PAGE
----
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President Trump invokes Defense Production Act to speed medical supply production

President Trump announced from the White House Briefing Room Wednesday that he will invoke the Defense Production Act, which will speed up and expand the supply of resources from the country's industrial base, particularly to increase the production of medical supplies and equipment. It's a move that has been under discussion in recent days and weeks, as the country lacks a sufficient number of ventilators, masks, and other critical items needed to meet the coming demand due to the coronavirus pandemic.

"We will be invoking the Defense Production Act," the president announced during Wednesday's Coronavirus Task Force briefing, adding later that it would be used only if it needed to be.

As the president and his team spoke on stage, trading was halted as the S&P dropped 7%, an occurrence that has become too common in the last week. The stock market has been in free fall in recent days, as more businesses and schools shut down across the nation. 

Top Democrats are urging the president to invoke and exercise the law immediately, particularly to address the lack of ventilators. Vice President Mike Pence said the U.S. has a stockpile of roughly 10,000 ventilators, and the U.S. military will be adding more. Mr. Trump dismissed concerns that he didn't invoke the Defense Protection Act sooner, saying it wasn't clear earlier how many they would need, even as hospitals have been warning they don't have enough. Mr. Trump said hospitals should already have ventilators, and the administration will be ordering more.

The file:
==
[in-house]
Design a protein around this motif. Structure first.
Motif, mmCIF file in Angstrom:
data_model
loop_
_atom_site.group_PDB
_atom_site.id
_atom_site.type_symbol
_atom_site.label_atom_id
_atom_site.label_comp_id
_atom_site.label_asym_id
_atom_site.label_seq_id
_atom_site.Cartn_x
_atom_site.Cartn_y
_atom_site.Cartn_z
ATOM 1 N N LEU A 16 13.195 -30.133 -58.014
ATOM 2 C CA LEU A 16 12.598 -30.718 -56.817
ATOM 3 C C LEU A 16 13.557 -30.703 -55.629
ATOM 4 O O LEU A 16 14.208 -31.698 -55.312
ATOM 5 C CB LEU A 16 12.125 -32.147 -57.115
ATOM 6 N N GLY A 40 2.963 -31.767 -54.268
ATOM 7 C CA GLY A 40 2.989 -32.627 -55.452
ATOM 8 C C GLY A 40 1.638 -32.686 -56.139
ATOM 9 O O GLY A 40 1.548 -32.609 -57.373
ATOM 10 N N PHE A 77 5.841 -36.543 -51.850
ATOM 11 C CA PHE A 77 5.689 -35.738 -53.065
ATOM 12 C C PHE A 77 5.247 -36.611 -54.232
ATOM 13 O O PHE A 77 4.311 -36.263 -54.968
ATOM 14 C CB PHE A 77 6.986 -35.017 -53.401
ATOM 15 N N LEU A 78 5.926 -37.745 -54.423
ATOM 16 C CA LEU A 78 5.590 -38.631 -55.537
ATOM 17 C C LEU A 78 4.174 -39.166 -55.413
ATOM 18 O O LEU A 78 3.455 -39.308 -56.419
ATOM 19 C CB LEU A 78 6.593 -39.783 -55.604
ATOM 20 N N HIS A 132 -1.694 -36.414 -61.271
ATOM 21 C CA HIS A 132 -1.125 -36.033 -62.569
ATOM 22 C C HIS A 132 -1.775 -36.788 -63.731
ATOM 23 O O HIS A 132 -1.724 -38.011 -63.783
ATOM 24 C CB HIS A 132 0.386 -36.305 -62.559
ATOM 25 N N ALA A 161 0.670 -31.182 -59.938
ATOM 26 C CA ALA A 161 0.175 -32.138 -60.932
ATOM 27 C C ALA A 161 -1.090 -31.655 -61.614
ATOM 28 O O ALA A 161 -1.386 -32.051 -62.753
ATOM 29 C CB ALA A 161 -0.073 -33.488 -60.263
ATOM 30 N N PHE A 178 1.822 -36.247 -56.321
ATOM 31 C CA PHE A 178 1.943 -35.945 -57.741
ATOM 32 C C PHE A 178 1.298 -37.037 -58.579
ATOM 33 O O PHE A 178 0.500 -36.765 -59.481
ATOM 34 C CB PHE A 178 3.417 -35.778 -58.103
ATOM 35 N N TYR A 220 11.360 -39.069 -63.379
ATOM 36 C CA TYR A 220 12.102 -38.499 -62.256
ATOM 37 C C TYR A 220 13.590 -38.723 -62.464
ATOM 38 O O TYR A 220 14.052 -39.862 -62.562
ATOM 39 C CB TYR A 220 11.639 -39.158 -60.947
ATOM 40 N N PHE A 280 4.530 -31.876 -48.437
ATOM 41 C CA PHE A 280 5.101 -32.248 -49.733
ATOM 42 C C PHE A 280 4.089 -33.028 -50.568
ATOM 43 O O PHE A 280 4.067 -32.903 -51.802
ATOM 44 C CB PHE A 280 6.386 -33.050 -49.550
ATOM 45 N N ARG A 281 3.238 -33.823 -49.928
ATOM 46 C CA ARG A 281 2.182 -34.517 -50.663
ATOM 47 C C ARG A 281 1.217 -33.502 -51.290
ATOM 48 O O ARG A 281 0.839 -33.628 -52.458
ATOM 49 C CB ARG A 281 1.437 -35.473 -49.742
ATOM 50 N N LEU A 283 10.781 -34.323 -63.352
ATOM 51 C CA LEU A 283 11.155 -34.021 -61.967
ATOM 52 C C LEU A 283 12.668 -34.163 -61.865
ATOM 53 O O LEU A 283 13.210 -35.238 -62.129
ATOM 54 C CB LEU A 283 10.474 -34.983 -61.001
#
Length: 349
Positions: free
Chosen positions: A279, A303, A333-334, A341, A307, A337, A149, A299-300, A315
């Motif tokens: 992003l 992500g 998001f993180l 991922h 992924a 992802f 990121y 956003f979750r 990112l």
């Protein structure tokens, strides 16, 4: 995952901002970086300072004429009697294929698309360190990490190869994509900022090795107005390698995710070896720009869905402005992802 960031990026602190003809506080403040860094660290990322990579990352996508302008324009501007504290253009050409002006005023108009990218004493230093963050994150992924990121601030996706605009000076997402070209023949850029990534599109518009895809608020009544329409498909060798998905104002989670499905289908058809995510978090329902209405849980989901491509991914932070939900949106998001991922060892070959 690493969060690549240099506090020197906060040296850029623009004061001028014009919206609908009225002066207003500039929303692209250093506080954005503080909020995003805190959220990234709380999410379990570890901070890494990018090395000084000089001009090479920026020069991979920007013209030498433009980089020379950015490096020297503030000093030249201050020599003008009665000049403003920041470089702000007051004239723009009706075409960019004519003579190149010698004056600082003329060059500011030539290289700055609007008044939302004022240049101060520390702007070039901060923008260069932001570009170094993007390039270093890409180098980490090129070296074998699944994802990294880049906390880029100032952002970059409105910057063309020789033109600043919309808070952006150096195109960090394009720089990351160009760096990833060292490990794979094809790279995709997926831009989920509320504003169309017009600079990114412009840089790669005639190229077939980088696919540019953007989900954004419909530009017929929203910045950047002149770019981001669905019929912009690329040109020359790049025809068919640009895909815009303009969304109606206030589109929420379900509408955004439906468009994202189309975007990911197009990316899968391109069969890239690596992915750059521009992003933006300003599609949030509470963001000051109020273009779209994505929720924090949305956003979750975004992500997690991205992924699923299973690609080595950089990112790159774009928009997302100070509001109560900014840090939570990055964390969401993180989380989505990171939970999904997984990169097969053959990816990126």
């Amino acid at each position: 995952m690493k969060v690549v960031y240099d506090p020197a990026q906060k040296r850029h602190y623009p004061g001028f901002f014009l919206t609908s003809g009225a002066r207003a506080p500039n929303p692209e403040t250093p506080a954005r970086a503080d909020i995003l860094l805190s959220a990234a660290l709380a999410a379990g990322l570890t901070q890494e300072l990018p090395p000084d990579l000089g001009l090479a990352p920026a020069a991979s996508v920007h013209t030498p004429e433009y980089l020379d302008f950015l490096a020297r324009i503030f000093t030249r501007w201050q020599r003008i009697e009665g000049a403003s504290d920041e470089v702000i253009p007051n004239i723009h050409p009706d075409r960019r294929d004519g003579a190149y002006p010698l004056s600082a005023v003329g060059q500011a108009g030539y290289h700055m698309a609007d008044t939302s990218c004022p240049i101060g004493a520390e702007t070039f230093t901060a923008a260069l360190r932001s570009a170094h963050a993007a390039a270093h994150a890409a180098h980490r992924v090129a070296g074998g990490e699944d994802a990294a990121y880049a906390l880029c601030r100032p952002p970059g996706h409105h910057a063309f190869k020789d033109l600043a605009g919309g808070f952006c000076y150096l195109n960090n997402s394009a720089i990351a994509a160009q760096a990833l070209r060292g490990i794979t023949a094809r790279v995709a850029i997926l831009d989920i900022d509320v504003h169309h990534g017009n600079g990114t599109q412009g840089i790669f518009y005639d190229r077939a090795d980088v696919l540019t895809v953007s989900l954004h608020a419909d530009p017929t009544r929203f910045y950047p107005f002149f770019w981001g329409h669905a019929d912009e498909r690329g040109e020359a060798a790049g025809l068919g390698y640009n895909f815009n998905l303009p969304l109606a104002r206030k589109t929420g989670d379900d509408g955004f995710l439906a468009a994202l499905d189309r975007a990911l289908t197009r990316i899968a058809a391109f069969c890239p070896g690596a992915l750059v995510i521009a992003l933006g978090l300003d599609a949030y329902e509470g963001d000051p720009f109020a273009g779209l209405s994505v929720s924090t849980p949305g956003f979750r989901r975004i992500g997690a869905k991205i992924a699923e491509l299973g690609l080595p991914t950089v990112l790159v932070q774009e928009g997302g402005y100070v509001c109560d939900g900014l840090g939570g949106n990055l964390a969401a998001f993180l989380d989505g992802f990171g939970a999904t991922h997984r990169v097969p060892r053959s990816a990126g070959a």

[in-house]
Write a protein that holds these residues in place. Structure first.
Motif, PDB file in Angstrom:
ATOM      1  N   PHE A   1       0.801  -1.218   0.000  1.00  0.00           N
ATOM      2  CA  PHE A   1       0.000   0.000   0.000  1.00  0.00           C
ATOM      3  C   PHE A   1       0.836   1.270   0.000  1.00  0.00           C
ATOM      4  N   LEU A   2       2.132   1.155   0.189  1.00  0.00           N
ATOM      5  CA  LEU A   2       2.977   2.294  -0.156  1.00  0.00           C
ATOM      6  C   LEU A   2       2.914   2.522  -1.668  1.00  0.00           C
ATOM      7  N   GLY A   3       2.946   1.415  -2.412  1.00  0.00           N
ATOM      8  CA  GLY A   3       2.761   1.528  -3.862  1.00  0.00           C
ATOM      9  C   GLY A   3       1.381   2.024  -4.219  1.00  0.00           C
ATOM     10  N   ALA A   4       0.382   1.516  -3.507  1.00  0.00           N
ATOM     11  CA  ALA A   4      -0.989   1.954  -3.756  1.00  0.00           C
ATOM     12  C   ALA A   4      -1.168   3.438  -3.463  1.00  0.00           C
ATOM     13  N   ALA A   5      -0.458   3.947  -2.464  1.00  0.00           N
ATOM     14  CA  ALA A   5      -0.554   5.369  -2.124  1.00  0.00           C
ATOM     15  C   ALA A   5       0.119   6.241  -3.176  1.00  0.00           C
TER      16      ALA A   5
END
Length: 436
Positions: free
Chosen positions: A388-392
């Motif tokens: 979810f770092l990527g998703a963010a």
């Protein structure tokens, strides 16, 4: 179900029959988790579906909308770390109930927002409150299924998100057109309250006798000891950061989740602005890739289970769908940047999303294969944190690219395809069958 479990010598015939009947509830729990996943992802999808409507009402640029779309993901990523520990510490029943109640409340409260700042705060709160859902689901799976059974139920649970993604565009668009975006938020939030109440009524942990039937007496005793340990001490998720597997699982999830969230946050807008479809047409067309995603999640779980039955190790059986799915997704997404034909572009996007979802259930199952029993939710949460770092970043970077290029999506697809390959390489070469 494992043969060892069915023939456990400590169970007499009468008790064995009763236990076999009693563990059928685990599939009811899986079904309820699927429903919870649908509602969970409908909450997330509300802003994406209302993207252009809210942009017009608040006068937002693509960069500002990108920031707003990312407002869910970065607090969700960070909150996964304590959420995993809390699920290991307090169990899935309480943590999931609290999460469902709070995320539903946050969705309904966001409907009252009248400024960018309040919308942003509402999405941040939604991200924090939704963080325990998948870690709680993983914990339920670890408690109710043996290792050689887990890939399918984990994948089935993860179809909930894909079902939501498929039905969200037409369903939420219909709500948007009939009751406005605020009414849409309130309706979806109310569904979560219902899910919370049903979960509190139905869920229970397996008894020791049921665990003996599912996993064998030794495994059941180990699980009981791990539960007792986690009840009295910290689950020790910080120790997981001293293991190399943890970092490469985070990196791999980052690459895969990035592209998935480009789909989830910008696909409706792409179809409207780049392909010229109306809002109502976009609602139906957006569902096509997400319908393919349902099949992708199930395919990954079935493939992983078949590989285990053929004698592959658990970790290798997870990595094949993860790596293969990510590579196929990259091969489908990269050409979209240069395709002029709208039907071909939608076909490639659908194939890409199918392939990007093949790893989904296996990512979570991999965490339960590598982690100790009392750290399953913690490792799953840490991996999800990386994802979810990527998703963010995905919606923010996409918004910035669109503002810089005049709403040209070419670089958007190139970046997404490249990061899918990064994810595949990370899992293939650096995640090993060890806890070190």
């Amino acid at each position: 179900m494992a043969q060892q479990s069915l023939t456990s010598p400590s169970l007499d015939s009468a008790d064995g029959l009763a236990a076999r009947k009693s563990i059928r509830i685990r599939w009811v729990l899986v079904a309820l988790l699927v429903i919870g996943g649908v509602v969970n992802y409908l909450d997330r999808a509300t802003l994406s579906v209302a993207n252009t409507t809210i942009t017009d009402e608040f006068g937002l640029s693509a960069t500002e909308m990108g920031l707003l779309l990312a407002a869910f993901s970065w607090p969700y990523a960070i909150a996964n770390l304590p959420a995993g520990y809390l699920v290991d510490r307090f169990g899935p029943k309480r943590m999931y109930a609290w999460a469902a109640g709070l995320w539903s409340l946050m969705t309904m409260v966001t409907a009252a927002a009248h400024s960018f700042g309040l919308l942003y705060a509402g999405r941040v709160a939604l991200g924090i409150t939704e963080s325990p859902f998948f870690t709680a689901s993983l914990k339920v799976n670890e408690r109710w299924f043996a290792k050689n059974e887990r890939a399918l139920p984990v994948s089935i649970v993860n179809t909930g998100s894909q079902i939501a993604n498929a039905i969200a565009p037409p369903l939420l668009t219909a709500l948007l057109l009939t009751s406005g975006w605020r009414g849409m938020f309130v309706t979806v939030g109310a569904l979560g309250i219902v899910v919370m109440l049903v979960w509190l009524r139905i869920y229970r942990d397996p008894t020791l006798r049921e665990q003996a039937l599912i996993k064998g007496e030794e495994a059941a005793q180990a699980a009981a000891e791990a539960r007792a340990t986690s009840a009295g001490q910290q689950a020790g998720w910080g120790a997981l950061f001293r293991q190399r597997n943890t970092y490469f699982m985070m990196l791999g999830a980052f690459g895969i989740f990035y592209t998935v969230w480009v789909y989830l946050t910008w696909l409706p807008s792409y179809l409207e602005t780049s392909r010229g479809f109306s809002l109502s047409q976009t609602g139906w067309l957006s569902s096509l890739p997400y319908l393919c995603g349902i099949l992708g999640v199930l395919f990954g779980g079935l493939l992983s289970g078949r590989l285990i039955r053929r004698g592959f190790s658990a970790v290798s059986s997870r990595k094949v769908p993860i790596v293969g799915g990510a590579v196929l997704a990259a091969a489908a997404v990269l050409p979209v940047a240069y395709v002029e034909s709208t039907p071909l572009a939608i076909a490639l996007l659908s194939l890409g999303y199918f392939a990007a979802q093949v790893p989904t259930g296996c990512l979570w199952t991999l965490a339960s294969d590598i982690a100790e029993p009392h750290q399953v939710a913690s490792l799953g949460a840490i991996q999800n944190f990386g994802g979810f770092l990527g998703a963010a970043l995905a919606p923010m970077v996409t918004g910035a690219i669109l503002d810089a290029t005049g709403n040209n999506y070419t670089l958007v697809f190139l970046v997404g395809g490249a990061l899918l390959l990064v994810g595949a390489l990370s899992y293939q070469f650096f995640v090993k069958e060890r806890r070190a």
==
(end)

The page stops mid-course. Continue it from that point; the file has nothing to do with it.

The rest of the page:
Meanwhile, the president has approved the USNS Comfort to assist the state of New York, serving as a floating hospital. The administration is loosening regulations on health workers' licenses, allowing doctors and nurses to work across state lines. 

Mr. Trump also announced health officials are working on a "self-swab" coronavirus test, which he suggested would  be more comfortable and more "popular" than the current test, as the administration scrambles to provide more tests. The main complaint from hospitals and doctors is that they lack enough tests, not that the tests are uncomfortable. 

"That's not very, uh, nice to do. I can tell you, because I did it," said Mr. Trump, who tested negative for coronavirus last week. 

Mr. Trump told reporters Wednesday the White House will hold another press conference later Wednesday or early Thursday to address developments at the Food and Drug Administration. On Tuesday the White House and Congress moved quickly to craft the parameters of a massive stimulus bill to prop up the economy in response to the crisis, with Senate Republicans taking the lead on a package that could cost upwards of $1 trillion.  

The number of confirmed COVID-19 cases worldwide now tops 200,000, according to Johns Hopkins University. 

The president has asked all Americans to limit contact with others for 15 days, and he's admitted that unprecedented measures being taken across the country could sink the U.S. into a recession. 

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